That exists (for crypto mining). https://www.nicehash.com/

I'm actually working on a project that does that!

i guess because the consumers might not always be tech savvy. they just want those items/coins/rewards in whatever game/app they are playing/using. a minor pop-up about the mining stuff wouldnt bother them (although app perf might be affected). that's how i see it.

I think this is a really great idea! I'd rather have sites do this then bombard me with 10000 banners. Sure it increases my CPU load but I'd argue it reduces my cognitive load!

I really like this, as there is opt in consent. Perhaps you could default the number of threads to `navigator.getHardwareConcurrency -1`

How much does this earn per user per minute, on average?

Any estimtes?

to earn 0.01 USD you need 1MH at the moment. In my browser I can generate 25H/S so about 44 days on one browser to generate 1$

I tried double checking this math but I have a question on this.

Coinhive says their formula is:

(<solved_hashes>/<global_difficulty>) * <block_reward> * 0.7

and then goes on to give an example of:

(<solved_hashes>/29275633095) * 6.51 XMR * 0.7 = 0.000156 XMR per 1M hashes

Does this mean the original formula (XMR gain) is actually per million solved hashes (instead of per solved hash)? If so, it seems like a million hashes would only give you 0.0000000001556584613 XMR ($0.00000001519798996).

If that payout formula is actually per hash (and if so, why do they say "per million hashes" in the example?), you'd end up with a much more reasonable 0.0001556584613 XMR ($0.015 at $97.64-monero).

Am I just reading their site stupidly wrong (and/or do I just have a gross misunderstanding of how this all works)?

They also say they were able to generate $2k in 2 weeks with an avg of 2,000 users...

Using the Monero prices I looked up right now it seems more like 21 days. Not that it really is meaningfully better.

2,112 users 30 minutes on your site

I'm confused how they say they had 2,000 users and generated $6k in 2 weeks.

Also, they say that they had 120KH/s hashing power on average with 2k users.

Or maybe just some great computers filling the hallowed halls.

I see this as an excellent way to monetize views and fairly good tradeoff.

The issue I see with it, mobile (I tried) is around 10x less. So while it works for desktop, for mobile it would be challenging to use this, on top of draining battery etc.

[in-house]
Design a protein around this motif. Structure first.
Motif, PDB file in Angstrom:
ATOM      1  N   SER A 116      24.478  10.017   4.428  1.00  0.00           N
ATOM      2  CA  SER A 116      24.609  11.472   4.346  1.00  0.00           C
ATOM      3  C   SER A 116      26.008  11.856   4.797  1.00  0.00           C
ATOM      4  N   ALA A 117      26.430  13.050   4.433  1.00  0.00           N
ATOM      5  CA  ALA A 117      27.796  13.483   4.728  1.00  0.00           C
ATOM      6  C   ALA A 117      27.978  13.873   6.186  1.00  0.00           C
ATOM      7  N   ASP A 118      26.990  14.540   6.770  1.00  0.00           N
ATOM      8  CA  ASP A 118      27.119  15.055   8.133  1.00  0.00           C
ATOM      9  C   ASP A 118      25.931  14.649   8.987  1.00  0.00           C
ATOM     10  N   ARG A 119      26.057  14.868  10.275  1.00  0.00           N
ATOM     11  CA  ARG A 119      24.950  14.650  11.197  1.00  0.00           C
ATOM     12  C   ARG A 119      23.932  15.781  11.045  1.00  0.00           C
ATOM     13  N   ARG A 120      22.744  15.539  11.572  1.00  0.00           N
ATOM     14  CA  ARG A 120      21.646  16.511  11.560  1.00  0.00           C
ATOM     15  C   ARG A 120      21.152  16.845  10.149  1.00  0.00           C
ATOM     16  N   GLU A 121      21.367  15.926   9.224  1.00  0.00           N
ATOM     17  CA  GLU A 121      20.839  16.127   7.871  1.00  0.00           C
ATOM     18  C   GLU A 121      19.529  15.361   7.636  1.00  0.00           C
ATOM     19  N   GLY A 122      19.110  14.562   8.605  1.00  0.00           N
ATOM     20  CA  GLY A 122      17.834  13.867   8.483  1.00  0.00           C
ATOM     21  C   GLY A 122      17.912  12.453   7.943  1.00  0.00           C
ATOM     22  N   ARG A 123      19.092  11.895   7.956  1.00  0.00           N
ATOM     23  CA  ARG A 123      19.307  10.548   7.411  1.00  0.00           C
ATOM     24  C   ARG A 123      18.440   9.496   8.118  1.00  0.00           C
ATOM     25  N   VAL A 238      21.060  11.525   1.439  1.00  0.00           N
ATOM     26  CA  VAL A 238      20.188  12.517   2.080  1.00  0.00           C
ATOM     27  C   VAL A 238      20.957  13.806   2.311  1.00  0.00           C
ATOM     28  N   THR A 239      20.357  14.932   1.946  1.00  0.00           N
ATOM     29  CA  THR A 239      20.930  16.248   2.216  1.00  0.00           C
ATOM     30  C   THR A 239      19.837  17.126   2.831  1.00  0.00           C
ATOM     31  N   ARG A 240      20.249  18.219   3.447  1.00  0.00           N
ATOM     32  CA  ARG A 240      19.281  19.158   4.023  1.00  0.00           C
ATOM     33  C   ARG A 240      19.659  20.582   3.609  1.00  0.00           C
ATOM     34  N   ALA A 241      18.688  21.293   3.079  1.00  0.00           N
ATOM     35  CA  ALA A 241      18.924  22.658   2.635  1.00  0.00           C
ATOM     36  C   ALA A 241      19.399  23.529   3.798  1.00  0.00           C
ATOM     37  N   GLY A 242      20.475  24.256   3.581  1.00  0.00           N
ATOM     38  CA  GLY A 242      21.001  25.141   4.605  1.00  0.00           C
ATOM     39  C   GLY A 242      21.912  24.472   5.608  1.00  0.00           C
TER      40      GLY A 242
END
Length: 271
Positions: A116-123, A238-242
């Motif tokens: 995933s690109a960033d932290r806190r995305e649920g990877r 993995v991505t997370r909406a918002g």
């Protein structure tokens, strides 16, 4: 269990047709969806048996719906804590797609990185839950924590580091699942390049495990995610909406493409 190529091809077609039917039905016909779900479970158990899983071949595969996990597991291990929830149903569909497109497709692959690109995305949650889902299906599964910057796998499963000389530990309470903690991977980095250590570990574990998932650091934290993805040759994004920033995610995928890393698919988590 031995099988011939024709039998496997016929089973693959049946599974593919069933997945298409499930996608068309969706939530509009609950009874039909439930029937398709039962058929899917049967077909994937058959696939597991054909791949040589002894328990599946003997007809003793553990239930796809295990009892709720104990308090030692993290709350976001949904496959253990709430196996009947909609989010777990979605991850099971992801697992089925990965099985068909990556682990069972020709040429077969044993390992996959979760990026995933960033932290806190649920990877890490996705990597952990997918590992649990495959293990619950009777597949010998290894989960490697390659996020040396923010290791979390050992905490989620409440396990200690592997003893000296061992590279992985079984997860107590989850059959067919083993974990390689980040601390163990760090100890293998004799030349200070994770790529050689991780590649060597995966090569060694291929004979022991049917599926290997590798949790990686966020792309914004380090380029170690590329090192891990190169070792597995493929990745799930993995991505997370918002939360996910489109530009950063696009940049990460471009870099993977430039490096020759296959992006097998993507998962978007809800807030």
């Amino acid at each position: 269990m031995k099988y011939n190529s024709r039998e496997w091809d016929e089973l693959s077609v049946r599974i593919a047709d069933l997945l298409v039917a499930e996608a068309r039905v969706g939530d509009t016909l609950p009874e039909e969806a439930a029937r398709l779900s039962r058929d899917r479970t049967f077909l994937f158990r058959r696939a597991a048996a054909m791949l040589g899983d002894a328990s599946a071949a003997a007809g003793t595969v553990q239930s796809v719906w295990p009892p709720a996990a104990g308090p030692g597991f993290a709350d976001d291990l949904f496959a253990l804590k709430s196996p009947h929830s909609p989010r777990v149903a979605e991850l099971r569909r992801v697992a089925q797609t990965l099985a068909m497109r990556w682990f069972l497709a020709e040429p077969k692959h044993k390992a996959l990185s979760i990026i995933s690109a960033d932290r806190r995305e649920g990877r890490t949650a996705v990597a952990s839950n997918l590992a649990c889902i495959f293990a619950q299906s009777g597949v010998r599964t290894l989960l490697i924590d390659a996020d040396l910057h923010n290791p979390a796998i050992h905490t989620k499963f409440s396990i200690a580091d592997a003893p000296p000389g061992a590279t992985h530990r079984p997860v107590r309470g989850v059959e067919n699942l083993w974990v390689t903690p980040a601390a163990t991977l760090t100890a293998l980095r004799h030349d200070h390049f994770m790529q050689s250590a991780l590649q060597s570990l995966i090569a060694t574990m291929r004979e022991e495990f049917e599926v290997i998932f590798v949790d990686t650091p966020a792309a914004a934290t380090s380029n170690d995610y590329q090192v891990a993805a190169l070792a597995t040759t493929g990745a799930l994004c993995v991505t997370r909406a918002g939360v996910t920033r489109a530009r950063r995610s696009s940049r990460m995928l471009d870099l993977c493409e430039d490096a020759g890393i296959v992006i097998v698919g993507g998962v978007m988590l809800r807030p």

However, this is probably one of the rare unique ideas how to monetize users presence on the site, and as such I welcome it and look forward to see how it will develop.

In Chrome I didn't notice that tab being out of focus decreases load, so it would work for as long as the site is open.

Wondering if it's possible to use GPU instead of/in addition to CPU and what would be the impact on performance of site.

WebCL/WebGL and stuff is there, but you will have to go through supporting 20 different "standard compliant" implementations

How do I self host this? I can't deal with the type of overhead needed for validating the captcha across the network..

Can this run in the background without affecting the user? Eg: the UI lagging, laptop fans turning to max, etc.

There's throttling settings.

running it makes my laptop fans turning to max

I've heard some using MinerGate web mining in this way. Now, those same people can use Coin-Hive.

Running on 2015 Mac with Chrome, I got 75 H/s

At the current exchange rate, that's about $3.78/month.

If this is not clearly opt-in I wish those responsible for using it on their site a slow and painful death.

Performance and bloat in browsers are a huge problem and having this constantly running in the background (without consent) is an absolute nightmare.

I agree that there should be some sort of notification but other than that, I actually find this idea quite sympathetic. If you read my site, you can pay me by mining for me. It requires no extra effort on your part -- no credit card or micropayment login etc., and the longer you spend on my site, the more you pay. The exchange of value seems more clear cut that ads.

I have tons of sites opened 24/7. If yours happen to be loaded and you try to exploit my machines resources I will be quite pissed.

That's fair.

I suppose a more polite version would run only when the tab is in focus. But as has been pointed out, this doesn't seem feasible because of the tiny amount of value generated so I think it's an interesting idea to explore more than anything else.

Browsers throttle not active tabs.

Surely it's horrendously inefficient? That means my costs are much higher than the benefit you get from me, and a lot of energy is wasted.